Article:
Later in the vat room, winemaker Charlie Holland explained that the first ever vintage, the 2006, yielded only about 8,000 Blanc de Blancs and Brut Reserve bottles. Now, however, the estate makes between 25,000 to 30,000 bottles. With vineyard expansion, it could go up to about 40,000 bottles next year, he said.


A view from Mill Hill

As vines get older, wine fans should expect more complexity. And there is more flexibility in making wine, making England a curious blend of New World and Old World. For one example, Champagne requires small cagettes for the harvest. But at Gusbourne, they use larger ones. “We discovered that larger ones are shaped to displace the weight evenly, which results in no crushing. Chalk one up for inflexible rules from the EU country. Just kidding.


In full flower

We spoke, too, of mechanical harvesting, as mechanical harvesting machines have improved in quality, but Holland is not a fan. “We did a trial in 2013 with mechanical harvesting and it was jut too imprecise,” he said. He allowed advantages in certain situations, such as in menacing weather, when it would be better off to have something quick than nothing at all.


Take a pew; enjoy the view – on Mill Hill with Jane Anson

The bubbly scene in England is taking shape. Just over a decade ago, most producers followed a similar style, but in the last five years there have been more experiments in terms of use of oak – new or used – and varying lees aging in bottle. “It is a hugely exciting time to be here today,” said Holland, who explains that Gusbourne likes to do longer lees aging in bottle followed by cork aging afterwards than many other estates in England.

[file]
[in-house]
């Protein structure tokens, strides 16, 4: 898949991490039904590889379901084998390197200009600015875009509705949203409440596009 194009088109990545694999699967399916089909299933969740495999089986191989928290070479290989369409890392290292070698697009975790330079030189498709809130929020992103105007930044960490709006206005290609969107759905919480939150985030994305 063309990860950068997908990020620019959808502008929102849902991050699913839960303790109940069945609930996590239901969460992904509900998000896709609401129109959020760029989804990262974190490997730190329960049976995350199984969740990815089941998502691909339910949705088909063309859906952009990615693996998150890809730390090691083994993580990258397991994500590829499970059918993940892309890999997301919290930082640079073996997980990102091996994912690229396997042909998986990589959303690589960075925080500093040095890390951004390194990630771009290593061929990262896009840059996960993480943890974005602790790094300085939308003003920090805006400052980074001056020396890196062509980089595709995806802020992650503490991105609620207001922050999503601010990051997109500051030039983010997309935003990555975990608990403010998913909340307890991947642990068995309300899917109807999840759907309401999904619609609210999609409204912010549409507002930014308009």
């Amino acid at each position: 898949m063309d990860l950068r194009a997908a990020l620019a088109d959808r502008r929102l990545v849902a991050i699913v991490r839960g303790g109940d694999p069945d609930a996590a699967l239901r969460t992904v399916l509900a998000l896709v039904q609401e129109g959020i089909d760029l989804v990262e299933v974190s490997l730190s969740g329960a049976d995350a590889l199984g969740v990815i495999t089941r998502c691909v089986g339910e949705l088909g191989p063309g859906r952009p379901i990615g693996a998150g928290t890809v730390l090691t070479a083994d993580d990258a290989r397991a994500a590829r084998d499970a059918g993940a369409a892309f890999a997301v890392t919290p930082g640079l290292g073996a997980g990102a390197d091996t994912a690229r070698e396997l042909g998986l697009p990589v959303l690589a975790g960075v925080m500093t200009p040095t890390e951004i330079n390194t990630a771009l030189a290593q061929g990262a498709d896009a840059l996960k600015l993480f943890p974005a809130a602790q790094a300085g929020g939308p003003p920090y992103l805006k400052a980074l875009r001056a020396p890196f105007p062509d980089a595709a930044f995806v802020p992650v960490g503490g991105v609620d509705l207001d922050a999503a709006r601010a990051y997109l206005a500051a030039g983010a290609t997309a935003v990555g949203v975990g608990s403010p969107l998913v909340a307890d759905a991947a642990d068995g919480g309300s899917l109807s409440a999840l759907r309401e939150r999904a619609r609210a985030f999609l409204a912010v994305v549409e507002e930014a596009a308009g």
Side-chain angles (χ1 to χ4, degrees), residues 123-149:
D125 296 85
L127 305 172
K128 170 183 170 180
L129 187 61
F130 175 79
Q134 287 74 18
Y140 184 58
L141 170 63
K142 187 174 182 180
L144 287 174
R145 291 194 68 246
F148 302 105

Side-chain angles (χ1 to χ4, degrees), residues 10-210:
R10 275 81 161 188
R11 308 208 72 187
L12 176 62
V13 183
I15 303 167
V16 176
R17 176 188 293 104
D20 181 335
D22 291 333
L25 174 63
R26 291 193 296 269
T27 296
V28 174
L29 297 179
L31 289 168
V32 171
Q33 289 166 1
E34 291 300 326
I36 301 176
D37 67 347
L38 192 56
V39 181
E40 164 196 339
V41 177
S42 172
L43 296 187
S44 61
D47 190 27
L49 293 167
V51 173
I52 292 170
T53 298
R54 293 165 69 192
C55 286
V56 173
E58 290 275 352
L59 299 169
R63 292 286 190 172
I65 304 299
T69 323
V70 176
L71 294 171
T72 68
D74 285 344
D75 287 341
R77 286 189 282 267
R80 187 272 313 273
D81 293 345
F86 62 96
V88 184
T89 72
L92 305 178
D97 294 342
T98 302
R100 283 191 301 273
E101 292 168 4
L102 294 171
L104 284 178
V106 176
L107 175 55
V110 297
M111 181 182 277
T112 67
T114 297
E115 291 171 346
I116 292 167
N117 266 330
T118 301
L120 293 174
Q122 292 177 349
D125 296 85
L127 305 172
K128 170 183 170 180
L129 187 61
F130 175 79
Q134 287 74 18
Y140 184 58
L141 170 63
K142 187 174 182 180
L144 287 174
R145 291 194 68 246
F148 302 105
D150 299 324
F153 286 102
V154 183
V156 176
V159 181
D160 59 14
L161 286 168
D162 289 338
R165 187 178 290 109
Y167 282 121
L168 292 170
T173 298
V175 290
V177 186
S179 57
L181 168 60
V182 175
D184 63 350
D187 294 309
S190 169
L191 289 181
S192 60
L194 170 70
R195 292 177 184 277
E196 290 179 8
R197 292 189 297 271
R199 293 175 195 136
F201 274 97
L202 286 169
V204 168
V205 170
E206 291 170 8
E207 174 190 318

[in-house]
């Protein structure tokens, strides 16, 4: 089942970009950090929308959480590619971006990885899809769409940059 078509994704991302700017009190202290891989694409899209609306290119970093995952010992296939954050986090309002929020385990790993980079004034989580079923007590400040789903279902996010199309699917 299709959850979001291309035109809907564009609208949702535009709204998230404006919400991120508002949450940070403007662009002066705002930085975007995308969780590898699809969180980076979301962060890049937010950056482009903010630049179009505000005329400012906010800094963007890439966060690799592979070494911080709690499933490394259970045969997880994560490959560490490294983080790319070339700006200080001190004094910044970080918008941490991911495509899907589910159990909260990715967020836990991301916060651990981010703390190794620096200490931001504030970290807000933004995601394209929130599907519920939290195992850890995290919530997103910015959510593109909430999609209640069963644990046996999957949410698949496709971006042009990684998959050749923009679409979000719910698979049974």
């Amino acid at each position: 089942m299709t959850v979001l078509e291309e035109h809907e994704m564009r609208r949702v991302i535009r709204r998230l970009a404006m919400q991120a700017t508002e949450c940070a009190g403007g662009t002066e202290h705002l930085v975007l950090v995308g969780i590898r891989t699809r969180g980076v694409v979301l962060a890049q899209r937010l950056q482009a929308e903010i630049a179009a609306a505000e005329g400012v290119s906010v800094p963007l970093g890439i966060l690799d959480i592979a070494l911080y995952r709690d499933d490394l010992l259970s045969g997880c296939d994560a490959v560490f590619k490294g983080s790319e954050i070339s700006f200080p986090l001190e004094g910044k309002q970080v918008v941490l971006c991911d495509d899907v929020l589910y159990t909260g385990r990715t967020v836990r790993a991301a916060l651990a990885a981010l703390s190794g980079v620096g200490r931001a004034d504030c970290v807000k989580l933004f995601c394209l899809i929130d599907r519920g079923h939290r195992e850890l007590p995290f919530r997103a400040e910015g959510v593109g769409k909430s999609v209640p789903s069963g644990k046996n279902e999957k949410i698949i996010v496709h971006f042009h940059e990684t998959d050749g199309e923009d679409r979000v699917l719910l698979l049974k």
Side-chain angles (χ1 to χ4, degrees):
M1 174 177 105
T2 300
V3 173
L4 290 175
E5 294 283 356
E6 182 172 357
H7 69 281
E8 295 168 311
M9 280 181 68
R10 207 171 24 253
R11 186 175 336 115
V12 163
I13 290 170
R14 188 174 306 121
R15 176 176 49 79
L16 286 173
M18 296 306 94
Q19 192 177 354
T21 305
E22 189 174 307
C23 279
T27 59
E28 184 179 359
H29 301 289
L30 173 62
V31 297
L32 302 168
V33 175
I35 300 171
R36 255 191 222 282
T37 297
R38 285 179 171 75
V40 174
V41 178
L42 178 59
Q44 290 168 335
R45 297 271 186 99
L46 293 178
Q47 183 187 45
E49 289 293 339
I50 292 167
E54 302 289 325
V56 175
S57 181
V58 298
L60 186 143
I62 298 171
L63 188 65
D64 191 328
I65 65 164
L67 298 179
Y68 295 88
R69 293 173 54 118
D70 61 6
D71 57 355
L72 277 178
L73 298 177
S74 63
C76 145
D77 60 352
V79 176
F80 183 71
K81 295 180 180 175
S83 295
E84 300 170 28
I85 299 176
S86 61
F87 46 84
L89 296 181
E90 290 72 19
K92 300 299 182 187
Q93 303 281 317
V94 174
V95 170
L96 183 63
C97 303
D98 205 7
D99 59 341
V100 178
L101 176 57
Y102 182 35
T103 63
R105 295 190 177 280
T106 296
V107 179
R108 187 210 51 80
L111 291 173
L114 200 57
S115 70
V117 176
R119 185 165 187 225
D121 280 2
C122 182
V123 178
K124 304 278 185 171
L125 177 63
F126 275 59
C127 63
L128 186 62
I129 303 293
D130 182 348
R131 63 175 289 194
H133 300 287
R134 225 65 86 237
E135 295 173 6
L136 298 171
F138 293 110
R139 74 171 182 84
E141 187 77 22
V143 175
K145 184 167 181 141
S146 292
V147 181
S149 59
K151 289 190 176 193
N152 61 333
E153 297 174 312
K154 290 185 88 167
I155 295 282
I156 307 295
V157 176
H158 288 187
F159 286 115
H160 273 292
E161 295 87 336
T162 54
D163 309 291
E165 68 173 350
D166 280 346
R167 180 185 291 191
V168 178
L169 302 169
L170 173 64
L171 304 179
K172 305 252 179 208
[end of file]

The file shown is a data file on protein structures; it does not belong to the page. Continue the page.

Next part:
The estate counts 14 different vineyard sites, or plots, and they have different sized vats for parcel selection fermentation, using an assortment of different shapes and sizes, with 90% stainless steel.

Tasting notes (as usual, when in bold, I liked in particular; if red and bold, even more; when underlined, too, a kind of wine nirvana). 

In addition to the splendid 2010, we tasted other wines, too, at the estate’s professional tasting room with a balcony overlooking the vines.

Brut Reserve 2012: Quite lean overall, but precise. About 42% Chardonnay and the rest Pinots. A cool year. “We find that cooler years are often better years for us,” explained Holland. “That may sound counter-intuitive, but we like focus.” And yes, this just released wine showed precision and pleasing raspberry fruit and citrus aspects.


A tasty still wine, too

Brut Reserve 2009: The weather was “unsettled” in July and August, but it was overall warmer than average, leading to higher alcohol, at 12.3%, than in 2010, which was 11.9%. The high acidity of 8 grams per liter was balanced by a whopping 10.5 grams of residual sugar. Late disgorged for England, as it had been on the lees in bottle for six years. It tastes quite deep, and comes off a bit nutty when compared to the 2012, yet offering up pleasing notes of toffee and nougat. There is a creaminess to the wine, more vinous in style, yet not quite as much verve, however, as the 2012. I could imagine this with fettuccini and shrimp or scallops in a cream sauce.